Absent another blow up of European debt or geo-political risk event, if U.S. stocks dip as a result of China’s rate increases it likely will present a good buying opportunity.
First, a rate increase from The People's Bank could actually serve to stimulate demand in China's economy (see Part 2 of this article from Michael Pettis for further analysis of the subject) since the deposit rate was also adjusted up.
Second, while the exact timing of the move may have come as a bit of a surprise, the announcement itself certainly was not. Actually, investors may be relieved to find the increase was only 25 basis points.
China raised borrowing costs for the first time in nearly 3 years back on October 19th after U.S. markets had closed. Following declines in Asia and Europe, the DOW fell 165 points, or 1.5%, to 10978 while the broader S&P’s 500-stock index dropped 19 points, 1.6%, to 1165.90 the next day. But even with the blow-up over Irish debt that began a few weeks later, the indices have gained 5.4% and 7.8% respectively since then, completing the retracement of declines which began after Lehman collapsed.
Also hurting sentiment that day was a report that a consortium of major investment firms including Pimco and BlackRock, along with the NY Federal Reserve Bank, were attempting to force Bank of America to buyback almost $47 billion in bundled mortgages put out by Countrywide Financial, which was bought by BoA in 2008.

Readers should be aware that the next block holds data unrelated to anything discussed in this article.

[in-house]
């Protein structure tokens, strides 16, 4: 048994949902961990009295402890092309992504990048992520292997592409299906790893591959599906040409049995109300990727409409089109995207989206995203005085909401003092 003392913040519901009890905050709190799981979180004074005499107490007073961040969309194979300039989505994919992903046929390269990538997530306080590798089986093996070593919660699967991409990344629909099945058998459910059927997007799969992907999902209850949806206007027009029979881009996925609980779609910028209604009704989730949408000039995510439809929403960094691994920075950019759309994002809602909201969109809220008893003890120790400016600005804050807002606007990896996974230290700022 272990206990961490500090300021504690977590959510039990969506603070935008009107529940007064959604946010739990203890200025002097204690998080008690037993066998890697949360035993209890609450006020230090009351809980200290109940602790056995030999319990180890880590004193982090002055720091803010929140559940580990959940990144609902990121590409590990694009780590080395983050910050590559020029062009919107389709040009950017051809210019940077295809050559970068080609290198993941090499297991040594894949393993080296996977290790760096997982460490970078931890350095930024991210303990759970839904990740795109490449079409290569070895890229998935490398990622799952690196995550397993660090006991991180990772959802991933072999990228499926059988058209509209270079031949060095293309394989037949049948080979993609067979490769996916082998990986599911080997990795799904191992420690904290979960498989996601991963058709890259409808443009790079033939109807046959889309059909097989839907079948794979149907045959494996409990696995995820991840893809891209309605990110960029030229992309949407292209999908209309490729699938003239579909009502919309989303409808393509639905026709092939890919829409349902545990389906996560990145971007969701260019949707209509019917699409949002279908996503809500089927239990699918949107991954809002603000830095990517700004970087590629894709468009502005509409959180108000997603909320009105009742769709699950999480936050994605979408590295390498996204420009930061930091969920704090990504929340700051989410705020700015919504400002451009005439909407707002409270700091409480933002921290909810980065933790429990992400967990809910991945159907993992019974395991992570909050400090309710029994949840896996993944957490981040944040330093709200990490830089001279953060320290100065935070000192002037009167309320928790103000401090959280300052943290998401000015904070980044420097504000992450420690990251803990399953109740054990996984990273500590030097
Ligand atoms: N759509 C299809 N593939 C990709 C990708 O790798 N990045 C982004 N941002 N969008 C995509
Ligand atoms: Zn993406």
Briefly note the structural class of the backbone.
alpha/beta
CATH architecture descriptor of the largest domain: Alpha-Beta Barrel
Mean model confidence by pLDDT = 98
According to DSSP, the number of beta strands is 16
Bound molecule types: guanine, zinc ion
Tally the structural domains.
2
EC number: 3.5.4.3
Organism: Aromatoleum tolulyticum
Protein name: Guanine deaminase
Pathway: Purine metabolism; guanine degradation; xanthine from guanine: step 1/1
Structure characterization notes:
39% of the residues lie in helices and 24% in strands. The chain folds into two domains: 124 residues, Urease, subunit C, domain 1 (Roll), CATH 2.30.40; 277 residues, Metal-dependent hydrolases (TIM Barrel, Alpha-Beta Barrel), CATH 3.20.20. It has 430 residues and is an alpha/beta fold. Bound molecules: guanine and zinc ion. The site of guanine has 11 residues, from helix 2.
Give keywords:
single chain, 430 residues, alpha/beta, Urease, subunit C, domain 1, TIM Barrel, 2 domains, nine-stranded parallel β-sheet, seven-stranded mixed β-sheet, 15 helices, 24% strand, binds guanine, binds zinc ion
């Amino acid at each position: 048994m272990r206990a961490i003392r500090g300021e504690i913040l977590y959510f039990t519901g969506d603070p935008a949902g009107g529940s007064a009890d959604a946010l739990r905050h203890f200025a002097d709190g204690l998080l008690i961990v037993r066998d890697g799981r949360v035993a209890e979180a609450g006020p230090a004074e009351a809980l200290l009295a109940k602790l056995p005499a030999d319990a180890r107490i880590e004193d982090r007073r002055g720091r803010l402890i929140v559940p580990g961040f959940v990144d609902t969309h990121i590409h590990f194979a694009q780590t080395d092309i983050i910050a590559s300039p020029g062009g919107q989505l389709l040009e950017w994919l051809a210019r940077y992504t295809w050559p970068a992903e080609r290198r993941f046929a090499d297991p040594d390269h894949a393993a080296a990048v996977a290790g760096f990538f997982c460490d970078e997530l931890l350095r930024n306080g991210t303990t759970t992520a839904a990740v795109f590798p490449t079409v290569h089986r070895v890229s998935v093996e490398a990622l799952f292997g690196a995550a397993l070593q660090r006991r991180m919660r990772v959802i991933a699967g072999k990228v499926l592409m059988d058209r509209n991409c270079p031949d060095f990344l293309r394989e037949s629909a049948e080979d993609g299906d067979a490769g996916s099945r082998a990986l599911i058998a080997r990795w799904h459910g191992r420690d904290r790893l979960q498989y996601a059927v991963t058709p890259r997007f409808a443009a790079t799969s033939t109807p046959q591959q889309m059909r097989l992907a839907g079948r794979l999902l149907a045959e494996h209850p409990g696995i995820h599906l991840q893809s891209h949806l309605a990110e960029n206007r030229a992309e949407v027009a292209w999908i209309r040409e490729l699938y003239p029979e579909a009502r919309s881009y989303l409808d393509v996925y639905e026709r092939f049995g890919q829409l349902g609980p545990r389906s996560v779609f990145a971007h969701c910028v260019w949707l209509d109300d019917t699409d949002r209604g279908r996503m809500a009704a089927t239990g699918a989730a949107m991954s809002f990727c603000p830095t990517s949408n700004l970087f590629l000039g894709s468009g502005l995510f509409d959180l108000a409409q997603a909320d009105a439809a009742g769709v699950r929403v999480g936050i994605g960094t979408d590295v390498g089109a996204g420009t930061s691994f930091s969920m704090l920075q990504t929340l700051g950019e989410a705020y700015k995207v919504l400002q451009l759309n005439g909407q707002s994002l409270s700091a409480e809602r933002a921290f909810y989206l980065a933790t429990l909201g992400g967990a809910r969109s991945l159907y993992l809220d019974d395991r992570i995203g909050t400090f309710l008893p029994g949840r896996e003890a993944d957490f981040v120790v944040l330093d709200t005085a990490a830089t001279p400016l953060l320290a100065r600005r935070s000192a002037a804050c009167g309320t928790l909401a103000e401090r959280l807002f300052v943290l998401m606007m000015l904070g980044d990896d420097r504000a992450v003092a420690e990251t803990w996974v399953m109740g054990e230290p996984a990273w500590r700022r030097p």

Absent the afore mentioned calamities, it's hard to be bearish when there's an abundance of liquidity (see Where Did The Fed's $700 billion Go?) sloshing around the system, with more still to come from another $800 billion of QE in addition to the 2% payroll tax reduction (the $800 billion comes from $600 billion in new purchases plus another $300 billion to be re-invested from maturing MBS, minus the $100 billion already purchased).
The Rabid Right appears to have quieted down for the moment regarding QE2, likely after realizing their views were aligned with the largest currency manipulator in world history (or perhaps after looking over their latest 401k statements). And while you can never prove a negative, for better or worse the Fed has created a wealth effect via the stock market which has translated to the strongest Christmas spending in years.
Therefore, if it ain't broke, don't fix it.
Disclosure: I have no positions in any stocks mentioned, and no plans to initiate any positions within the next 72 hours.